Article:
Amtrak Joe Versus the Robber Barons: How Wall Street is destroying the promise of Biden's big bet on rail infrastructure.

AuthorLongman, Phillip

As expected, when a chief executive nicknamed "Amtrak Joe" put together his signature infrastructure bill, it contained an unprecedented sum for expanding rail service across the country: $60 billion over 10 years. Perhaps more surprisingly, it attracted enough support from Republicans to pass the Senate in August. Though as of this writing Democrats in the House are divided over how and whether to tie the bill to other agendas, it seems likely that Biden will eventually realize his ambition to tilt far more transportation dollars toward rail.

It's a worthy goal. The bill promises to furnish a more convenient and environmentally friendly mode of travel between destinations that are far enough apart to make driving tedious but close enough together to make flying impossible, or at best impractical. You might never use these new trains yourself, but those who do will benefit you by creating less traffic congestion, cleaner air, and a cooler planet. Removing more freight from pavement-pounding long-haul semitrucks onto super-fuel efficient trains will make driving safer and more pleasant and would yield huge reductions in carbon emissions.

But for any of this to happen on any meaningful scale, the Biden administration will need to do more than just invest more public money in train travel. It will also need to reverse decades of deregulation, lax antitrust enforcement, and other policy blunders that have left modern-day robber barons in control of nearly all the nation's highly monopolized railroad infrastructure, just as they were in the worst days of the Gilded Age. Only this time, the financiers aren't presiding over an expanding rail system; they're selling it off and permanently liquidating its assets for short-term economic gain.

Unless Biden takes on the financiers, even maintaining Amtrak service, let alone expanding it, will become ridiculously expensive. Here's an example that shows why.

Amtrak for decades offered train service along the Gulf Coast corridor between New Orleans and Mobile, Alabama. In 2005, Hurricane Katrina badly damaged the tracks. The two giant corporate rail systems that own the line, Norfolk Southern and CSX, made the necessary repairs and within a year resumed running their own freight trains. But Amtrak service has never returned.

It is not that people in the region don't want their Amtrak trains back. A broad coalition of civic and business leaders, including Mississippi Republican Senator Roger Wicker, has been trying for years to persuade the railroads to let Amtrak resume operating. They point to a study by the Trent Lott National Center at the University of Southern Mississippi that says restoring Amtrak service will boost tourism significantly, greatly benefiting Mississippi's beaches and casinos. They point to the report of a special Gulf Coast Working Group, created by Congress, that estimates the cost of resuming Gulf Coast passenger service at $5.4 million. They point to the fact that the Biden administration, Amtrak, and the state governments of Louisiana and Mississippi are all committed to furnishing the necessary operating funds.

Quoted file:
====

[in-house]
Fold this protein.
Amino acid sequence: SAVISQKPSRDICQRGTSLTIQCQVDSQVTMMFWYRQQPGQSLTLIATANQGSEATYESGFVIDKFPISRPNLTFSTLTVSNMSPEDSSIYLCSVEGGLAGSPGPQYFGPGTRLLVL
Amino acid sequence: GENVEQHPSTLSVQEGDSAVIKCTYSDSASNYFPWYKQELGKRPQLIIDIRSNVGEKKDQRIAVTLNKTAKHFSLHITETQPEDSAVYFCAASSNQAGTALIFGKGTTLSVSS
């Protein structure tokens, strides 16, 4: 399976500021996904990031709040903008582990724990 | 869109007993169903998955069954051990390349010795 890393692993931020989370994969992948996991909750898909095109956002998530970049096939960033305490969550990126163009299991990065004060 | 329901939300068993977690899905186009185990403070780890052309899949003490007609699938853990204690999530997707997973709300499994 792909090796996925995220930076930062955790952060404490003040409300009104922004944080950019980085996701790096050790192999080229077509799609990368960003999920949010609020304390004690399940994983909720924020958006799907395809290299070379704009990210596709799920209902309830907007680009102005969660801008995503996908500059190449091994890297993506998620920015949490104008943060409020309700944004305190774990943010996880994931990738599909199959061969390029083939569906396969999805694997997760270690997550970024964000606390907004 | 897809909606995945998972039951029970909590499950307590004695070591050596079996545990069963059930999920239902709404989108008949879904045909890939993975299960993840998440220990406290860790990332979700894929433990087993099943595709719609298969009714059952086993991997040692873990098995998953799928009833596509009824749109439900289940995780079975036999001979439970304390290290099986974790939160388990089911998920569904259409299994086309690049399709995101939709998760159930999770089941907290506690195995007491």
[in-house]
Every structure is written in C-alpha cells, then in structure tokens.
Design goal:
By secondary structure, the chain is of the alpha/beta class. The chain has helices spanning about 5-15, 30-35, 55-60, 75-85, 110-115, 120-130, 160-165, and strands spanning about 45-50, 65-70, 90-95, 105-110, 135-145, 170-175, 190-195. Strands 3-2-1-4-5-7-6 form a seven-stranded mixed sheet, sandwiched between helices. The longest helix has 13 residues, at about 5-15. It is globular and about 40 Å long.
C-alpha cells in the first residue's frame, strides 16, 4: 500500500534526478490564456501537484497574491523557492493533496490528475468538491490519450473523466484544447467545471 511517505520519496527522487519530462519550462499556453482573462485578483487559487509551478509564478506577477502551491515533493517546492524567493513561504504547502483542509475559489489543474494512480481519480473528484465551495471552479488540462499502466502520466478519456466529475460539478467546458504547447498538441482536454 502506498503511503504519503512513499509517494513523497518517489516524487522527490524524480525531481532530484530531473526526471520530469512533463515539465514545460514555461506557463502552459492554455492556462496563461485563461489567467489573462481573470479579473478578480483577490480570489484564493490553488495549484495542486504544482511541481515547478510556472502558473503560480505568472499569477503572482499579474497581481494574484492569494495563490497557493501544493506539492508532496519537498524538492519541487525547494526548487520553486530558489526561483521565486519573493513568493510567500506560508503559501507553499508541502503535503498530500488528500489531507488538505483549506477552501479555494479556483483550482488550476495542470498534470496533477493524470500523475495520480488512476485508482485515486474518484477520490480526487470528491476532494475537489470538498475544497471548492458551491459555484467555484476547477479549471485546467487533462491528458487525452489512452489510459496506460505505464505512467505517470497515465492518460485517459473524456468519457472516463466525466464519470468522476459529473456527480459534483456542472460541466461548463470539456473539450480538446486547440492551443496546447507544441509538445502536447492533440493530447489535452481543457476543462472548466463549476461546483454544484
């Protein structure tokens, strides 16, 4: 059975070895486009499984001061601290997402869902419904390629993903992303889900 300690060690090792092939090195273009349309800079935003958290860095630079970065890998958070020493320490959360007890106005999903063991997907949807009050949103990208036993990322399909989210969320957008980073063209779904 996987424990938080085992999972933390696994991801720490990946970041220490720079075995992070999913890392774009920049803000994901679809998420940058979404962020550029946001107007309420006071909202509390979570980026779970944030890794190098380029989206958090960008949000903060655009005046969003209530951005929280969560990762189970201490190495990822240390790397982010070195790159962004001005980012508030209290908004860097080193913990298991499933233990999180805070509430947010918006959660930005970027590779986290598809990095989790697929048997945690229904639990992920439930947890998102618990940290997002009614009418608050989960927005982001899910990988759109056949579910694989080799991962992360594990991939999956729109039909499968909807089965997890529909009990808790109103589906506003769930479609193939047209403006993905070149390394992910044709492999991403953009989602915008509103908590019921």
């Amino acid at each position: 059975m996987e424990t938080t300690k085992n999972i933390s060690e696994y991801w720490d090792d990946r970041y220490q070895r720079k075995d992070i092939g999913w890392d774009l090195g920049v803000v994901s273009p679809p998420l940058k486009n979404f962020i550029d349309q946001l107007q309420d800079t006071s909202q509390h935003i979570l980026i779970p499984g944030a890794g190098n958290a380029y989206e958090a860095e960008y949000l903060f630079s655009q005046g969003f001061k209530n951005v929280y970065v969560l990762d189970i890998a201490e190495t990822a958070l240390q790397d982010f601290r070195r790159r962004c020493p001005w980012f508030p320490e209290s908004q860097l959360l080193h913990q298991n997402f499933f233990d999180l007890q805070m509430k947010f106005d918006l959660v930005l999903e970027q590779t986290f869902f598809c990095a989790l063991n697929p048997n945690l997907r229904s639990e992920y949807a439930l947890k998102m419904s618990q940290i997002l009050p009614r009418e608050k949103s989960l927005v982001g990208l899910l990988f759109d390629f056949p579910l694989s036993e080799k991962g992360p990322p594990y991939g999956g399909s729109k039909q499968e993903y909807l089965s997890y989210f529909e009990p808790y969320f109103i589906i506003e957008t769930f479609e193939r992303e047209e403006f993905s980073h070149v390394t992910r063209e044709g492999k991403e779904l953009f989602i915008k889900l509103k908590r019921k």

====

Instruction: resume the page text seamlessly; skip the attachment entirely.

But after five years of negotiations, you still can't take the train to Gulfport, Biloxi, Pascagoula, or anywhere else along the Gulf Coast. CSX, which controls most of the track along the route, insists that restoring Amtrak service would interfere with the six to eight freight trains it runs daily along the coast. It's an argument that rail corporations often deploy against passenger service.

The objection is absurd on its face. During World War II, when troop and military freight trains crowded this route along with civilian freight traffic long since lost to trucks, dispatchers still managed to move 11 scheduled passenger trains per day between Mobile and New Orleans. These included the storied "Pan American" of country music fame. And they did it using telegraphs and hand-operated semaphores, not the efficient GPS technology available today.

CSX's recalcitrance is a negotiating strategy to get Amtrak to either go away or pony up for huge infrastructure investments that would mostly benefit CSX itself. The railroad says restoring two Amtrak trains requires a second main track, new sidings, siding extensions, yard bypasses, and modernization of drawbridges. At one point, CSX put the price tag at $2 billion--orders of magnitude more than estimates provided by the Federal Railway Administration and other independent experts.

Such maneuverings reflect the growing power of hedge funds and other "activist investors" over the railroad industry. In 2017, the financier Paul Hilal used his activist fund Mantle Ridge to buy a nearly $2 billion stake in CSX and win control of its board. Hilal used this power to depose CSX's long-standing management and replace it with a team of downsizing specialists committed to boosting short-term profits by shrinking the railroad's physical assets...

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